Thursday, December 20, 2007

As the race narrows...

It is interesting to note that, as Tom Tancredo has withdrawn his candidacy, Dick Morris (on tonight’s O’Reilly Factor) suggested that the GOP race is boiling down to a contest between Mitt Romney and Mike Huckabee. Morris added that Mike is the candidate of the social conservatives, while Romney is the candidate of the “blue blood” GOP establishment.

I wholeheartedly agree with Morris’ assessment. It sure is hard to doubt that the candidate who has outspent Mike by 20-to-one is the establishment candidate. And I think voters on both sides of the aisle are rejecting the well financed, slick establishment campaigns (not to mention all the often dishonest attack ads that issue forth from same).

And in case there was any doubt about the real candidate of social conservatives, it is also interesting that both Mike and pre-eminent conservative radio talk show hostess and author Laura Ingraham had virtually the same thing to say about Britney’s 16-year-old sister’s pregnancy: At least she’s doing the right thing in keeping the baby, rather than having an abortion. Killing an innocent person is never the right way out of a difficult, inconvenient or embarrassing situation. Leave it our man Mike to turn a seemingly trivial question about a wayward pop-culture icon into an opportunity to remind the public about the sanctity of human life. Now that’s how to use the bully pulpit!

And finally, in the mold of O’Reilly’s “most ridiculous item of the day” segment, how about my “most ridiculous question of the week”: Which is more ridiculous; Hillary attacking Obama for something he wrote in kindergarten, or everybody (or so it seems) attacking Mike Huckabee for wishing America a Merry Christmas?

God bless America!


Lee Strong said...

I wouldn't count out McCain.

Joel Brind said...

McCain might have a shot--who knows?
But I wouldn't trust him as a pro-lifer.
I count 3 strikes against him on that score:

1. McCain-Feingold campaign finance law
2.Gang of 14, preventing the "nuclear option" to confirm prolife appeals court justices;
3. support of destructive embryonic stem cell research.

Add to that his support of "comprehensive immigration reform" (amnesty)

although he's changed his tune on immigration, I am further troubled by his insistence that waterboarding is torture and that all GOP candidates must repudiate it. So, even with all his experience, there is something troubling about his stance on national security.

Finally, remember how in 2004 or 2000, there was speculation that he might join a "fusion" ticket with Gore? and how McCain took several days to put those rumors to rest? Now Joe Lieberman has endorsed him. I guess I don't trust him not to reach across the aisle with both feet. His liberal stance on lots of things makes him the darling of the mainstream media.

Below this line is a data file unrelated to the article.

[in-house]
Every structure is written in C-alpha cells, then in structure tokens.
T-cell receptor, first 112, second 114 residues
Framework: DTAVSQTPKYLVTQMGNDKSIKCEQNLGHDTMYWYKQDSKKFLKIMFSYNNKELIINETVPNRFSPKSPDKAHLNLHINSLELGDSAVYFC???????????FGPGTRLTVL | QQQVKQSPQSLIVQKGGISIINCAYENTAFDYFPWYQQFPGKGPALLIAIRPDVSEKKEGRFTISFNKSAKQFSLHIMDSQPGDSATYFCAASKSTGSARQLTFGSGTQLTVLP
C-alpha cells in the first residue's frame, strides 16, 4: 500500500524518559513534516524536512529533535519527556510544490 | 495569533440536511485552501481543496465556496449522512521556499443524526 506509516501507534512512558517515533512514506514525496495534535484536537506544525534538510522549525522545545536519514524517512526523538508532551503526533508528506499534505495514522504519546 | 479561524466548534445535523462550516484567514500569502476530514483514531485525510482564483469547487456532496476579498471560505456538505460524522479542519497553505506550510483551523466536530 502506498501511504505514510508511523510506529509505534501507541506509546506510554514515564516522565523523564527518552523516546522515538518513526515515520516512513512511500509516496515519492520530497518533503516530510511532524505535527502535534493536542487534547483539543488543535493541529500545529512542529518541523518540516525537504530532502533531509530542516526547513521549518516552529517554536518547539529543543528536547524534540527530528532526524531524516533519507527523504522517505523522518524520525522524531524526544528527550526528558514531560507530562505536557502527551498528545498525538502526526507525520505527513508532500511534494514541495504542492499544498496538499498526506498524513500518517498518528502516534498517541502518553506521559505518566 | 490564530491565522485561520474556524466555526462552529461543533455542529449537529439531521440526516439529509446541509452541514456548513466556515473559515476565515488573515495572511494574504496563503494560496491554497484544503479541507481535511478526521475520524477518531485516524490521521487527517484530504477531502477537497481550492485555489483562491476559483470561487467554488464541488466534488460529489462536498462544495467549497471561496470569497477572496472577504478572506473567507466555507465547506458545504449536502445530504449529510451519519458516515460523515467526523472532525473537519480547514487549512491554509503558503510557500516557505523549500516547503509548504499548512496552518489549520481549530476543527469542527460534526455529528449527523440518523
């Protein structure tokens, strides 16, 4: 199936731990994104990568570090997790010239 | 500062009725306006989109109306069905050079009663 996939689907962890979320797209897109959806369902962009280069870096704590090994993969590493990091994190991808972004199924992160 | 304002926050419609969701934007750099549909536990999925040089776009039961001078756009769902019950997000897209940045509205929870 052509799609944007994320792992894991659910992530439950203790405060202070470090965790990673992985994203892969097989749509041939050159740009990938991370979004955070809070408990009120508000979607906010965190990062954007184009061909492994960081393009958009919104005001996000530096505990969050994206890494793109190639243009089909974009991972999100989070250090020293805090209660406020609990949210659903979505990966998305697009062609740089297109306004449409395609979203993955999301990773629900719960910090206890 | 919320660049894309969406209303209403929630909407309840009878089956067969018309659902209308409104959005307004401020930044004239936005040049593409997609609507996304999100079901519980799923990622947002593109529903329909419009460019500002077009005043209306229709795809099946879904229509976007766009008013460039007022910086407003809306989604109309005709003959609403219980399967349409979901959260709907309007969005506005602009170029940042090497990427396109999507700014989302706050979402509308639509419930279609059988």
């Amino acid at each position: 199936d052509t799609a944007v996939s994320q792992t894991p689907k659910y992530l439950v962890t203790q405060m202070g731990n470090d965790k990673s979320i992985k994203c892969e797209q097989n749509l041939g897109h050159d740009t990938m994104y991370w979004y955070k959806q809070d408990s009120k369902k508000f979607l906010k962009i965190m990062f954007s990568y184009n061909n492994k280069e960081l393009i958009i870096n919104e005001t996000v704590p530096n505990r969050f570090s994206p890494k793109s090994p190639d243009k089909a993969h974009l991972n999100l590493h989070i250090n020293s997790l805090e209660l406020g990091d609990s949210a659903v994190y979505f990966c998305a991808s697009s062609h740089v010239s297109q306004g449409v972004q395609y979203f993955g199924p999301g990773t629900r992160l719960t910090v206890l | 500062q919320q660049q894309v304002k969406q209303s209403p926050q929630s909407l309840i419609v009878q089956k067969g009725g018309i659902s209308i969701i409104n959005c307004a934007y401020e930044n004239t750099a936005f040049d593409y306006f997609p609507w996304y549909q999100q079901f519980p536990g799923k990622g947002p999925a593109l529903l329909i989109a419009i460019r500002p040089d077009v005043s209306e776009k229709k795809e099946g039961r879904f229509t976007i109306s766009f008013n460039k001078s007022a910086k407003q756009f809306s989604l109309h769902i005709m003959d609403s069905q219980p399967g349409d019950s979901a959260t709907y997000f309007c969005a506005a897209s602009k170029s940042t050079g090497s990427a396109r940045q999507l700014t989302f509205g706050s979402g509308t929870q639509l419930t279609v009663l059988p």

So I would love to count him out!
(PS: I think his strongest issue is government reform/cutting of wasteful spending. But that's not enough for me.)

Lee Strong said...

I think the strongest ticket would be Huckabee/McCain - and I would be shocked at with one of the other at the top of the ticket (though you can guess which one I would want!).

I think that ticket (of the current candidates, anyway) might have the best chance of beating whoever the Dems put up.

Joel Brind said...

As I note on today's post, beware repackaged old goods (be they polls or candidates) sold as new the day after Christmas.

John McCain is the media's darling and loved by liberals, because, outside of Giuliani, he is the most liberal. They're all talking about how he's the one with the greatest likelihood of beating Hillary, BUT, remember, that's only IF THE ELECTION WERE HELD TODAY!

Were John McCain to win the GOP nomination, the media would turn on him so fast he would be demonized worse than Pres. Bush and surely lose, because he would not have enthusiastic conservative support.

Now, about that number 2 spot under Mike. There are 2 issues here, of course, one being electability and the other being how he would serve in the office.

First: electibility. The same thing I said above about the media and McCain works with him in either spot on the ticket. He would, I think, help the ticket with Giuliani on top, helping to pull in votes from the right. I don't think he would do much plus or minus for a Romney or Thompson ticket, unless a military confrontation (such as with Iran) were to rear its ugly head. But remember, Mike is getting attacked mostly from the right, and to gain their enthusiastic support he would need a recognized "rock rib" conservative name on the 2nd spot, like a Fred Thompson, or someone not now in the running, like a Ken Blackwell (who is also from crucial Ohio). As noted above, the only way McCain could help the ticket would be in the context of a military confrontation. Otherwise, even national defense conservatives would mistrust such a ticket's intentions on the immigration issue, and the fiscal conservatives would mistrust them on taxes, since they (albeit mistakenly) see Mike as a tax raiser, and because of the fact that McCain actually voted against even the modest Bush tax cuts.

Second: Service once elected.

You might think that the VP has no official role other than what the President wants to give him, and taking over if the President dies, but he does have one crucial, independent role defined by the Constitution: He is the President of the US Senate and has the power to break a tie vote. I could just see McCain--GOP organizer of the Gang of 14--exert his independent personality and his independent authority and break a tie in favor of the left, spurred on by an adoring media to make history by breaking with the White House on a crucial confirmation vote.

My bottom line: The only McCain I'd like to see in the White House is Mrs. Janet McCain Huckabee!